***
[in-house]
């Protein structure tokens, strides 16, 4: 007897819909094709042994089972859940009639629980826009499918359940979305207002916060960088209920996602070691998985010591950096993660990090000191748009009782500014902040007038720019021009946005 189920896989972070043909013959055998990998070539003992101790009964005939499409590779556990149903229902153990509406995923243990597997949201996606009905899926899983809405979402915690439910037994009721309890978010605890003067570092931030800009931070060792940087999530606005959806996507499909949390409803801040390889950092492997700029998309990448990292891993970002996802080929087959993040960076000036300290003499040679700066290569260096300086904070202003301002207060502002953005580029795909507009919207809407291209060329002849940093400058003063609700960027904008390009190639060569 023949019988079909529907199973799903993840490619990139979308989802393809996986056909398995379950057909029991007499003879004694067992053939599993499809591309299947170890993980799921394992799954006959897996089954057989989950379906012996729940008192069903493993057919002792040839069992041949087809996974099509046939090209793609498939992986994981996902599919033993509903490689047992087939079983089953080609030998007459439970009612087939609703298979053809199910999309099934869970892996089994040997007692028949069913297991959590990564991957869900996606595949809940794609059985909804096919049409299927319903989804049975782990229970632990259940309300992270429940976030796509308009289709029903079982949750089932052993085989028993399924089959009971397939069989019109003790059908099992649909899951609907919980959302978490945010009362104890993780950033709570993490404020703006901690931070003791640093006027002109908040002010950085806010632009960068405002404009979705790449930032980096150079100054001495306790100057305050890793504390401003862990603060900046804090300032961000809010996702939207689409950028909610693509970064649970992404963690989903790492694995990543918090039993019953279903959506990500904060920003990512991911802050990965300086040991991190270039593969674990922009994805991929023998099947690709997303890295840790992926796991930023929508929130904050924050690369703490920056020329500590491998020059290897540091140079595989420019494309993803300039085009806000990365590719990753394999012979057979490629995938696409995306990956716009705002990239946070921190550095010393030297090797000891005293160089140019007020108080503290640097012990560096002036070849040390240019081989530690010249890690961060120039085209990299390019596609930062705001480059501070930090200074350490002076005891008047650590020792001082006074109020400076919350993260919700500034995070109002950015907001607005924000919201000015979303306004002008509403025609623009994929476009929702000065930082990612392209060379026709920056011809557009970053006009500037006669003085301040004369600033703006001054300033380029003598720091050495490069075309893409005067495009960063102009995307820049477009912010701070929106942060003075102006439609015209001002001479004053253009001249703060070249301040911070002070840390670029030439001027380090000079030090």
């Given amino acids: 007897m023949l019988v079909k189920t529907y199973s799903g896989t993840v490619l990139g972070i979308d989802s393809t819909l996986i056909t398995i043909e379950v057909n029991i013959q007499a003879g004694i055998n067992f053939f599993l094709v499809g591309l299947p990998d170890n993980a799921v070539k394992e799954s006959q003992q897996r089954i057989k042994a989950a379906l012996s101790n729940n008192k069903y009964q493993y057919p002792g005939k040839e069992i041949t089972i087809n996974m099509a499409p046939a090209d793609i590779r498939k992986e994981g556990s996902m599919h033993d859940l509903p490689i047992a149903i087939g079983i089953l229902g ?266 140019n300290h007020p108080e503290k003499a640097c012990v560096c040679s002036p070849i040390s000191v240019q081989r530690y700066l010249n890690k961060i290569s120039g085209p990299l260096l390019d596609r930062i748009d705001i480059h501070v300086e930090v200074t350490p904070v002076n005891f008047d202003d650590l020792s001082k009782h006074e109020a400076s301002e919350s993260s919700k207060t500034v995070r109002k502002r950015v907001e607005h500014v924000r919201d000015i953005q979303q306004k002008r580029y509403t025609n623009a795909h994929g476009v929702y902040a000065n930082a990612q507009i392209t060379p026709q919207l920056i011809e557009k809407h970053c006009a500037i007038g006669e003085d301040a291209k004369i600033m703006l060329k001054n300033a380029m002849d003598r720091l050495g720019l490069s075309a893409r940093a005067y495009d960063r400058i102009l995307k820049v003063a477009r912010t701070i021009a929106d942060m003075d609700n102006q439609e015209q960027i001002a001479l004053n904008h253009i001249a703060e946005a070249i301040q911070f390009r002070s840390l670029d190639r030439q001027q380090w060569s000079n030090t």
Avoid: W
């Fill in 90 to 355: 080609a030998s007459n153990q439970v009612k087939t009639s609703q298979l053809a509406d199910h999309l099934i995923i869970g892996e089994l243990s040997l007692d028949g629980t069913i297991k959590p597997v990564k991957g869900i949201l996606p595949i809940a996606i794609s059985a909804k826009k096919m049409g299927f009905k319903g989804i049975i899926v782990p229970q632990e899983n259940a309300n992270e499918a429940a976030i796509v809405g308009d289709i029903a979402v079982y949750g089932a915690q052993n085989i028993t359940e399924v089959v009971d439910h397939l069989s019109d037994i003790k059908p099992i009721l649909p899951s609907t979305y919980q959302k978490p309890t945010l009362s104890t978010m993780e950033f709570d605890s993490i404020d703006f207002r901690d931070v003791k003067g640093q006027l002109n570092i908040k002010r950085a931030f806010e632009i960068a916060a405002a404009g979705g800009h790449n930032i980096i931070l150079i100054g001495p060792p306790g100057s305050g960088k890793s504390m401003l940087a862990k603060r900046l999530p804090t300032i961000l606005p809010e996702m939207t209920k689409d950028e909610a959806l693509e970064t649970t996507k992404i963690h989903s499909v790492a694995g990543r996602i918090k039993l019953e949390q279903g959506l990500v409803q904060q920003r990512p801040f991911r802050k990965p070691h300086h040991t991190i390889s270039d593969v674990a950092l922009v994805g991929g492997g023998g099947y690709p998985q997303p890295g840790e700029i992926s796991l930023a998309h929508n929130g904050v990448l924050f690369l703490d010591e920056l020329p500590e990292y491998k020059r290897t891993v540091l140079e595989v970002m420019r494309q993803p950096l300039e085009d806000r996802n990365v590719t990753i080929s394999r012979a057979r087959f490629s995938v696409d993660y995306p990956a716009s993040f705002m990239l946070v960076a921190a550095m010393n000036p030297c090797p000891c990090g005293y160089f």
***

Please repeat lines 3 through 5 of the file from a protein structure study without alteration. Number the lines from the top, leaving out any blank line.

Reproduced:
């Given amino acids: 007897m023949l019988v079909k189920t529907y199973s799903g896989t993840v490619l990139g972070i979308d989802s393809t819909l996986i056909t398995i043909e379950v057909n029991i013959q007499a003879g004694i055998n067992f053939f599993l094709v499809g591309l299947p990998d170890n993980a799921v070539k394992e799954s006959q003992q897996r089954i057989k042994a989950a379906l012996s101790n729940n008192k069903y009964q493993y057919p002792g005939k040839e069992i041949t089972i087809n996974m099509a499409p046939a090209d793609i590779r498939k992986e994981g556990s996902m599919h033993d859940l509903p490689i047992a149903i087939g079983i089953l229902g ?266 140019n300290h007020p108080e503290k003499a640097c012990v560096c040679s002036p070849i040390s000191v240019q081989r530690y700066l010249n890690k961060i290569s120039g085209p990299l260096l390019d596609r930062i748009d705001i480059h501070v300086e930090v200074t350490p904070v002076n005891f008047d202003d650590l020792s001082k009782h006074e109020a400076s301002e919350s993260s919700k207060t500034v995070r109002k502002r950015v907001e607005h500014v924000r919201d000015i953005q979303q306004k002008r580029y509403t025609n623009a795909h994929g476009v929702y902040a000065n930082a990612q507009i392209t060379p026709q919207l920056i011809e557009k809407h970053c006009a500037i007038g006669e003085d301040a291209k004369i600033m703006l060329k001054n300033a380029m002849d003598r720091l050495g720019l490069s075309a893409r940093a005067y495009d960063r400058i102009l995307k820049v003063a477009r912010t701070i021009a929106d942060m003075d609700n102006q439609e015209q960027i001002a001479l004053n904008h253009i001249a703060e946005a070249i301040q911070f390009r002070s840390l670029d190639r030439q001027q380090w060569s000079n030090t």
Avoid: W
């Fill in 90 to 355: 080609a030998s007459n153990q439970v009612k087939t009639s609703q298979l053809a509406d199910h999309l099934i995923i869970g892996e089994l243990s040997l007692d028949g629980t069913i297991k959590p597997v990564k991957g869900i949201l996606p595949i809940a996606i794609s059985a909804k826009k096919m049409g299927f009905k319903g989804i049975i899926v782990p229970q632990e899983n259940a309300n992270e499918a429940a976030i796509v809405g308009d289709i029903a979402v079982y949750g089932a915690q052993n085989i028993t359940e399924v089959v009971d439910h397939l069989s019109d037994i003790k059908p099992i009721l649909p899951s609907t979305y919980q959302k978490p309890t945010l009362s104890t978010m993780e950033f709570d605890s993490i404020d703006f207002r901690d931070v003791k003067g640093q006027l002109n570092i908040k002010r950085a931030f806010e632009i960068a916060a405002a404009g979705g800009h790449n930032i980096i931070l150079i100054g001495p060792p306790g100057s305050g960088k890793s504390m401003l940087a862990k603060r900046l999530p804090t300032i961000l606005p809010e996702m939207t209920k689409d950028e909610a959806l693509e970064t649970t996507k992404i963690h989903s499909v790492a694995g990543r996602i918090k039993l019953e949390q279903g959506l990500v409803q904060q920003r990512p801040f991911r802050k990965p070691h300086h040991t991190i390889s270039d593969v674990a950092l922009v994805g991929g492997g023998g099947y690709p998985q997303p890295g840790e700029i992926s796991l930023a998309h929508n929130g904050v990448l924050f690369l703490d010591e920056l020329p500590e990292y491998k020059r290897t891993v540091l140079e595989v970002m420019r494309q993803p950096l300039e085009d806000r996802n990365v590719t990753i080929s394999r012979a057979r087959f490629s995938v696409d993660y995306p990956a716009s993040f705002m990239l946070v960076a921190a550095m010393n000036p030297c090797p000891c990090g005293y160089f």